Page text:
Things You'll Need
Arrange for lots of assistants when pouring concrete. Because the strength of your final project relates to how well you work the wet concrete, you will benefit from having a lot of help. Assign tasks before the truck arrives and work steadily until the concrete is in place before taking a break.
Avoid direct contact with wet concrete. Until it dries, chemicals in the concrete can irritate the skin. Wear protective safety goggles when pouring concrete.
Concrete, used extensively in modern construction for foundations, retaining walls, floors and even entire buildings, provides a strong permanent structure. Because concrete is relatively inexpensive when compared to other building materials on a square foot basis, it is often the material of choice for patios, decks and other projects. Some projects, however, require the concrete to be stronger than normal. If this is the case, take steps to make your structure stronger.
Reinforce a concrete pour with rebar or steel mesh. Rebar is the most common addition for strengthening the pour. In vertical or horizontal projects, the more rebar present in the concrete, the stronger the finished project will be. The standard application for installing rebar is on 2-foot centers, meaning that every 2 feet, you will place a rebar bar. Double the number of bars for greater strength.
Raise the level of rebar in a flat pour so the steel is in the center of the wet concrete, instead of lying at the bottom. The slab becomes stronger when the rebar lies in the middle of the wet concrete as it sets. Use rebar chairs as you position the rebar to keep it a couple of inches off the sand base.
Consider the weather when pouring concrete. The hydration rate of wet concrete, which is the rate at which the concrete sets, depends upon many factors. On a hot sunny day with little or no humidity, concrete may set at a very fast rate, leading to shrinkage and a weaker structure. Test the concrete from the truck and ask the driver to add more water until you like the consistency.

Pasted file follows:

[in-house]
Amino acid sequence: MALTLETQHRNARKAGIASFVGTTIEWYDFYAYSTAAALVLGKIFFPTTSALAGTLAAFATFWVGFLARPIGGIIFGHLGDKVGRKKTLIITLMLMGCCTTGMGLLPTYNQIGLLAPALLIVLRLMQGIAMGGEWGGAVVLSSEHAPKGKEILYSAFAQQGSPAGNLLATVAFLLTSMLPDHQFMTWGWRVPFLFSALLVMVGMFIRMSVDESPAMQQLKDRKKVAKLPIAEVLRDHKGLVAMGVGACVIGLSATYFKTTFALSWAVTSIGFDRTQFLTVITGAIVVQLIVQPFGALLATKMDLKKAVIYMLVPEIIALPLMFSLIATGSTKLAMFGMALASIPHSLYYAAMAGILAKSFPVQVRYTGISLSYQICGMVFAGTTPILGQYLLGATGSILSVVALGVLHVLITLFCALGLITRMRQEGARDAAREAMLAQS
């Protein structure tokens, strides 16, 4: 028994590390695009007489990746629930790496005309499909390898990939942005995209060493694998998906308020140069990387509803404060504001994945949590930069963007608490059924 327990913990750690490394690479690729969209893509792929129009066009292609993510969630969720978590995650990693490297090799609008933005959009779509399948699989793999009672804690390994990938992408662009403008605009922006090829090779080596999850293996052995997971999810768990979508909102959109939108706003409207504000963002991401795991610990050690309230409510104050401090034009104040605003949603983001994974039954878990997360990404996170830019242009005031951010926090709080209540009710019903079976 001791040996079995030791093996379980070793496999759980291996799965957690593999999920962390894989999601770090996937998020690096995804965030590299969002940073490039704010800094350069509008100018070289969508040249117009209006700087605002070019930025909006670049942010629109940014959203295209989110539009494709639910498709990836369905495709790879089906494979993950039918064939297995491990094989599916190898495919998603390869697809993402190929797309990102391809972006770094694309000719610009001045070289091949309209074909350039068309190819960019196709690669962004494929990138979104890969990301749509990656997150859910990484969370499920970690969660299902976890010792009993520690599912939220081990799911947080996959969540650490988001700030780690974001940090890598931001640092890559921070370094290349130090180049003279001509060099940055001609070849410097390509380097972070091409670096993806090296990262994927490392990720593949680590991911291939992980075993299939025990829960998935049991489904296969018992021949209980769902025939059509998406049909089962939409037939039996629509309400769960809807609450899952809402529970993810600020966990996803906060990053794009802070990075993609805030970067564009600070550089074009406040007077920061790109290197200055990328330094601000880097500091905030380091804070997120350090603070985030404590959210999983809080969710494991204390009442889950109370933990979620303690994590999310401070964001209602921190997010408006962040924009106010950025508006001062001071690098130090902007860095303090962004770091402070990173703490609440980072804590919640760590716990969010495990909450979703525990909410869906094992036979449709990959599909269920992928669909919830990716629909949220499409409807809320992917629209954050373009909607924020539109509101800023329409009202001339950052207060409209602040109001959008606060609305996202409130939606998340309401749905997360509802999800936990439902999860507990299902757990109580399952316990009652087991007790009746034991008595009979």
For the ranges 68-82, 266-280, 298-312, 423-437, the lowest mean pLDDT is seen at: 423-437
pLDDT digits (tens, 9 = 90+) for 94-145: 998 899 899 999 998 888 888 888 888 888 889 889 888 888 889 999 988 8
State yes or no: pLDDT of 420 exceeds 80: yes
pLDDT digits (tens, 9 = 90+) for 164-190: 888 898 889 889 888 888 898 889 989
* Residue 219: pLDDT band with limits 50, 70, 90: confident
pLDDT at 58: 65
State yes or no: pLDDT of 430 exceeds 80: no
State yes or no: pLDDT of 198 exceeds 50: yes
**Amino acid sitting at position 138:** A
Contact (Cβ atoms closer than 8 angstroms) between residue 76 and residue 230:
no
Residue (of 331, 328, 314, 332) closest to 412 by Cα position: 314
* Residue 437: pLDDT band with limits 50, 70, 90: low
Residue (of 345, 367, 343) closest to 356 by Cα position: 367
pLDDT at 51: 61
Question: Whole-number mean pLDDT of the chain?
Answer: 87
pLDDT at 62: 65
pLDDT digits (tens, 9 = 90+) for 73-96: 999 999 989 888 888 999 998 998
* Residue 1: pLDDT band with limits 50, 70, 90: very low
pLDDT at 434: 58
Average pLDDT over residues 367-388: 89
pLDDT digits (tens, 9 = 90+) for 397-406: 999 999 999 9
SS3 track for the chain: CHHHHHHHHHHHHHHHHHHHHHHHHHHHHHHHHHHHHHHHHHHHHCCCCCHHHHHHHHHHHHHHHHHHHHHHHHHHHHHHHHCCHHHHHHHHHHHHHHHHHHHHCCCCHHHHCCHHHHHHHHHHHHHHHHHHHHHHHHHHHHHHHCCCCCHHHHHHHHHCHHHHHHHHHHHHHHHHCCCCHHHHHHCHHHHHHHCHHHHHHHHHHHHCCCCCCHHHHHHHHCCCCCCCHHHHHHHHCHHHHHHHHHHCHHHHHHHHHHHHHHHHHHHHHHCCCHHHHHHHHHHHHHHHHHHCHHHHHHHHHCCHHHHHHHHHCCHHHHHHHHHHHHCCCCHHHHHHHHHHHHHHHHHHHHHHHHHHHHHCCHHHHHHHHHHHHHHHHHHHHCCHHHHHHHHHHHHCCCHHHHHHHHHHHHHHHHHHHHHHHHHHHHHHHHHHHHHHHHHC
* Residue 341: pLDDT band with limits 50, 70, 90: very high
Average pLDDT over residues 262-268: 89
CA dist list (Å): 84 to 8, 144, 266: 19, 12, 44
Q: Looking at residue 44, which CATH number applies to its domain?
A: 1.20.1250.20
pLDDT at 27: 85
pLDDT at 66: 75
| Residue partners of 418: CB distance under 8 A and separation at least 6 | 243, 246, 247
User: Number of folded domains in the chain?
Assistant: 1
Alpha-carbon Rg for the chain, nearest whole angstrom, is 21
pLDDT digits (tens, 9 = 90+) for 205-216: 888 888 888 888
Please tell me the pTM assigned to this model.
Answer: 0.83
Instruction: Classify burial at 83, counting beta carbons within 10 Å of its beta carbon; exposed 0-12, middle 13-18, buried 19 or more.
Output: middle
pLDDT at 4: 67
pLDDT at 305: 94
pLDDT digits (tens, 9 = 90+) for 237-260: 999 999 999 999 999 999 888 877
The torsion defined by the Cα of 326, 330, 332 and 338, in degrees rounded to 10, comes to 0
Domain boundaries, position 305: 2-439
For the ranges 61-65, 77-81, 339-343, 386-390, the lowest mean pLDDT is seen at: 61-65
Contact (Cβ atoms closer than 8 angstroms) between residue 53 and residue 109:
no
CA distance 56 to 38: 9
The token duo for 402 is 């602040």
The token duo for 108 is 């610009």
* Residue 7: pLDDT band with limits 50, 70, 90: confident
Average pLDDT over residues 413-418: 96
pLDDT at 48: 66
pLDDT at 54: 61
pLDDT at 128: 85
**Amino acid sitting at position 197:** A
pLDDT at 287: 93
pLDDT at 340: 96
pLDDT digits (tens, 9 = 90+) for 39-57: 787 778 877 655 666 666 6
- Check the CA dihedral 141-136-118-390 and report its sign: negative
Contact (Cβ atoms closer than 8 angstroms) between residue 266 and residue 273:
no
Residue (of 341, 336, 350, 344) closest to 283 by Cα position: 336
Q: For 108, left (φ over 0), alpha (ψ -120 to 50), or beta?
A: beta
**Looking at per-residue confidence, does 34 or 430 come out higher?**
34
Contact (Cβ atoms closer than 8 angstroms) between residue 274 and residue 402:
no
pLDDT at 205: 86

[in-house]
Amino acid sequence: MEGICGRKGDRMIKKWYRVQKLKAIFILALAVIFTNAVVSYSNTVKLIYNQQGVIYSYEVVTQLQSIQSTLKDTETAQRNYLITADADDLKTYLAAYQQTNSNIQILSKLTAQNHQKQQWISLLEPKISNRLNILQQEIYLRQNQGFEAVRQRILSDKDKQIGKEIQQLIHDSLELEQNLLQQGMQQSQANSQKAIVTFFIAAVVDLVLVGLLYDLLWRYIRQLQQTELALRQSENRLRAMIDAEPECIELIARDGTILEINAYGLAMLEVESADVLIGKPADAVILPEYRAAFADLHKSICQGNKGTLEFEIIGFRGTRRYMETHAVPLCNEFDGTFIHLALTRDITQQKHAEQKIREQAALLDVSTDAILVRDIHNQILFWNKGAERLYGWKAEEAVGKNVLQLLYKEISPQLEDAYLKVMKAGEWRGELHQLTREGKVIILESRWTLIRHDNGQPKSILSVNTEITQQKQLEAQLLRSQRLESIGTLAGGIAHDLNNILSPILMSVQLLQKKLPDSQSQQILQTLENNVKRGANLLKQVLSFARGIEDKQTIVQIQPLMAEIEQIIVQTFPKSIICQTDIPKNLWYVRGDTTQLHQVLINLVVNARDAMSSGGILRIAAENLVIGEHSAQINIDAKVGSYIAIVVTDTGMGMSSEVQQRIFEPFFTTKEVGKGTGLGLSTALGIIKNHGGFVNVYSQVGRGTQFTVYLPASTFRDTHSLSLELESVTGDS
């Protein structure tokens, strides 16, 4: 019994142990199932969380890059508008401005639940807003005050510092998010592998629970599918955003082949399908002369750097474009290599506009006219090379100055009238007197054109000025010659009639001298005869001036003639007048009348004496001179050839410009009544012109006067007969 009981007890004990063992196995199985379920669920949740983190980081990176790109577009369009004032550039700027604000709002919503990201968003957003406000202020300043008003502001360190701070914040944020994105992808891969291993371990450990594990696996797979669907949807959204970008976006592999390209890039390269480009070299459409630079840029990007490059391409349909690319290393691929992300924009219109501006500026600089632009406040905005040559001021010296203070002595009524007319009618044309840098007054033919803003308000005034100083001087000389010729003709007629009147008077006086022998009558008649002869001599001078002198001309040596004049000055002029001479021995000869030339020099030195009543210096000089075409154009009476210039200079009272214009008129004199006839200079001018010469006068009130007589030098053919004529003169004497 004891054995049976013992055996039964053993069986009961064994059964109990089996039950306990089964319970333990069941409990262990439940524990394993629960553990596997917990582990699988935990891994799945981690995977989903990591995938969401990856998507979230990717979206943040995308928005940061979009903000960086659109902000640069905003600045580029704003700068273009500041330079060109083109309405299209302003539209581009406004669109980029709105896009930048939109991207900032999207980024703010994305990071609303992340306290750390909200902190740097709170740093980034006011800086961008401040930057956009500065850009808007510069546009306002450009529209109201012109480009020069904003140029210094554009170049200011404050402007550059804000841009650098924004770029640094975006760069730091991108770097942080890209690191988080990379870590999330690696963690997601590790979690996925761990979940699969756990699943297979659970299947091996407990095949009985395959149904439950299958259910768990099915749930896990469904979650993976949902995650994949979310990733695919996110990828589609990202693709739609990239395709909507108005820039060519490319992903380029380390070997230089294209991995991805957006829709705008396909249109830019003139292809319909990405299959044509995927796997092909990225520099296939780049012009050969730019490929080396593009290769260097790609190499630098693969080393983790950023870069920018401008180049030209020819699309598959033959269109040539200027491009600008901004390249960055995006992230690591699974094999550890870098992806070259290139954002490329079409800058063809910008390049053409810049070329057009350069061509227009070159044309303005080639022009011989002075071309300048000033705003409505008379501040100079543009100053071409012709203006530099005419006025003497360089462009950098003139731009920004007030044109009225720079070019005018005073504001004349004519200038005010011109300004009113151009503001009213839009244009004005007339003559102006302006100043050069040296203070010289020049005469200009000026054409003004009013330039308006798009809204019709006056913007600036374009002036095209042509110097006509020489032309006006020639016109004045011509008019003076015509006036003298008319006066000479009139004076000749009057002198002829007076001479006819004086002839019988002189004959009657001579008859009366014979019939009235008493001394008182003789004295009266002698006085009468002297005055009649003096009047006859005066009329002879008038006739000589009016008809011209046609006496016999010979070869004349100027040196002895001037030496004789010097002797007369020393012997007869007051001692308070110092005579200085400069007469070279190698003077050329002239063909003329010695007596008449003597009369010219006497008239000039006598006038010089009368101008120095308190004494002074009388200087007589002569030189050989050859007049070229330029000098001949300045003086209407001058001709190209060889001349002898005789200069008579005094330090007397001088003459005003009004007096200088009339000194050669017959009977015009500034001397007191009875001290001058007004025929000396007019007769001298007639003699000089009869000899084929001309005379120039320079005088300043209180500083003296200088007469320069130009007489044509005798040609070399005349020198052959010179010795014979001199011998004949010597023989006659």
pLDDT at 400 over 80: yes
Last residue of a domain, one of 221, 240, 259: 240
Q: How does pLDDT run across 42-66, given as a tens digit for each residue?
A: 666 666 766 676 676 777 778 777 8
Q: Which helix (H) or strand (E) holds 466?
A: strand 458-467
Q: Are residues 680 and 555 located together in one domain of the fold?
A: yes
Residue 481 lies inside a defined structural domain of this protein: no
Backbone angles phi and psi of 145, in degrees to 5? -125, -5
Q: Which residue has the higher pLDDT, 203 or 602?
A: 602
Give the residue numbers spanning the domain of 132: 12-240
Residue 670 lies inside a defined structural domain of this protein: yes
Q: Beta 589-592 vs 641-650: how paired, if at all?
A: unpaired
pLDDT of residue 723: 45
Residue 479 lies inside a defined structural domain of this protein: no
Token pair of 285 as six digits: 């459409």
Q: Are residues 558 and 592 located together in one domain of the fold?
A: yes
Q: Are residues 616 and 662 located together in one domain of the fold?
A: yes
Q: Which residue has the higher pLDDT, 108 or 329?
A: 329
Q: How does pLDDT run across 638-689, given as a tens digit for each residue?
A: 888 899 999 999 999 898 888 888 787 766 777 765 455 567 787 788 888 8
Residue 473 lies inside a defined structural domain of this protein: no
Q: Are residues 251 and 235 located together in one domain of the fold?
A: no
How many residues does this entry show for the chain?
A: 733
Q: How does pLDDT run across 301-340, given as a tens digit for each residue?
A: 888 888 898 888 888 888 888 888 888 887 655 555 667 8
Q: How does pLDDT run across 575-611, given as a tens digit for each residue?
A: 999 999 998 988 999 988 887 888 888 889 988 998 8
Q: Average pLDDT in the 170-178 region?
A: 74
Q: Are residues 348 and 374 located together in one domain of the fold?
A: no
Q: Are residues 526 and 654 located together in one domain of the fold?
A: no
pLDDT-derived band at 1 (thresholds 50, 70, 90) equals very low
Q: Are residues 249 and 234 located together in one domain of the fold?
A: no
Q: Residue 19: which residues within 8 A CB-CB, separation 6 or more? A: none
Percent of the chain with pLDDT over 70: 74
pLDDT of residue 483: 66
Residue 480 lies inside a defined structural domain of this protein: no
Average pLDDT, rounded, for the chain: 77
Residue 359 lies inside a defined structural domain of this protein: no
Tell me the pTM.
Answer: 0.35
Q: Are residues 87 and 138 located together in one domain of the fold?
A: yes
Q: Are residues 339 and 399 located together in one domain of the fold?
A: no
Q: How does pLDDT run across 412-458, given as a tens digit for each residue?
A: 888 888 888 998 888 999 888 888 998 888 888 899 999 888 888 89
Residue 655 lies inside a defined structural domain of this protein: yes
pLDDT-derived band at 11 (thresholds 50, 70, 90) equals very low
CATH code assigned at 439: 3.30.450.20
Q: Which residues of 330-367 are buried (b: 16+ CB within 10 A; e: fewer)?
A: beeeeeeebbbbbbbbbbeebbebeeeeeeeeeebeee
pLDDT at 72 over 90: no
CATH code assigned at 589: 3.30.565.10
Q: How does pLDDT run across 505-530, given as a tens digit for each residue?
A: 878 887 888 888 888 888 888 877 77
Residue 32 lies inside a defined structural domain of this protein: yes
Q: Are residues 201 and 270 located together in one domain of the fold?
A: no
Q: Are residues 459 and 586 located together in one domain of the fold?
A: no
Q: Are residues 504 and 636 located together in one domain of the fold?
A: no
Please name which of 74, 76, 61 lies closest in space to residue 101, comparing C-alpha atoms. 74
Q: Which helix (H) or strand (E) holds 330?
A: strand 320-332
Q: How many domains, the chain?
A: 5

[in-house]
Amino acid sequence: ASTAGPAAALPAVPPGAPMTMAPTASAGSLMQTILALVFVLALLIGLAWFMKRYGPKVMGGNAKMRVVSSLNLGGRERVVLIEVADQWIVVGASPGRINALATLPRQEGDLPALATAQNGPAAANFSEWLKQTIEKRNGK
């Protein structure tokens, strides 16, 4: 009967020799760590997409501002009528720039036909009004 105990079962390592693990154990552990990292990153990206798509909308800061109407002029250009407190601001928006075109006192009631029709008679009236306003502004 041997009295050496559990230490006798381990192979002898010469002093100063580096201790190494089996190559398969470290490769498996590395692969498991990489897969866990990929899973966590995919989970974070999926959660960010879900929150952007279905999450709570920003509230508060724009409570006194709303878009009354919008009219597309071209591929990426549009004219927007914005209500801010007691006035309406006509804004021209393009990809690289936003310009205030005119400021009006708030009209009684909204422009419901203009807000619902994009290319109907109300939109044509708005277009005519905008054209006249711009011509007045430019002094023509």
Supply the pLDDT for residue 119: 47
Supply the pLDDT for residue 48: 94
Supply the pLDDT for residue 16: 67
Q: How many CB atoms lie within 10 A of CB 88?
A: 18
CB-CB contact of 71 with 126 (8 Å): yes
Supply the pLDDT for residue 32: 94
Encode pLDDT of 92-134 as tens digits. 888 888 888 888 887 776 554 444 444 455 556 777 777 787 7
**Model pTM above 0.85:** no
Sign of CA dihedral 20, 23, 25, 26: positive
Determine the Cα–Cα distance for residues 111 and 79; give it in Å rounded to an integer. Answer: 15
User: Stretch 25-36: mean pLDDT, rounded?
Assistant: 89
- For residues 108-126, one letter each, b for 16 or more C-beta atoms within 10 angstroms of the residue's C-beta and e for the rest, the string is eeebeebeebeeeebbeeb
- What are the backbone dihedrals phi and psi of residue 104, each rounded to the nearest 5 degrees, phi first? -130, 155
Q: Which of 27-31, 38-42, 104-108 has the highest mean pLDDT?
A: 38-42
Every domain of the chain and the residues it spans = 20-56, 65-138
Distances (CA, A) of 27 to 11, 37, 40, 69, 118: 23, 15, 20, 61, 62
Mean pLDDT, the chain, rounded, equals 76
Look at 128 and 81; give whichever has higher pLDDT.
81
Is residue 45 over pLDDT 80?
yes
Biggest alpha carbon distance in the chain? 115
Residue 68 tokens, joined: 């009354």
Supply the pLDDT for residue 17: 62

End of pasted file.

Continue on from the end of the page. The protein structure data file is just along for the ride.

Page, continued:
Mist new concrete with a water hose every hour on the day you pour it, and at least three times a day for the next two days. The slower concrete cures, the stronger it is. By wetting the exterior of the concrete during the curing process over a period of three days, the concrete develops a strong internal bond.
Ask the concrete company not to add calcium to your concrete on a cool day. Calcium is a common additive, added to the wet concrete when the truck is loaded to enable a quicker drying time in cold weather. This can speed up the process of the pour but it also decreases the strength of the concrete as it encourages air filtration in the wet concrete.
Vibrate the wet concrete. Vibrating does two things to strengthen the concrete. First, it encourages the wet concrete to filter into voids in hard-to-reach places, such as the space below a basement window. Second, it removes tiny bubbles from the wet concrete, making the final product more solid. Use a pencil vibrator when pouring walls. (See Resources)
Glenda Taylor is a contractor and a full-time writer specializing in construction writing. She also enjoys writing business and finance, food and drink and pet-related articles. Her education includes marketing and a bachelor's degree in journalism from the University of Kansas.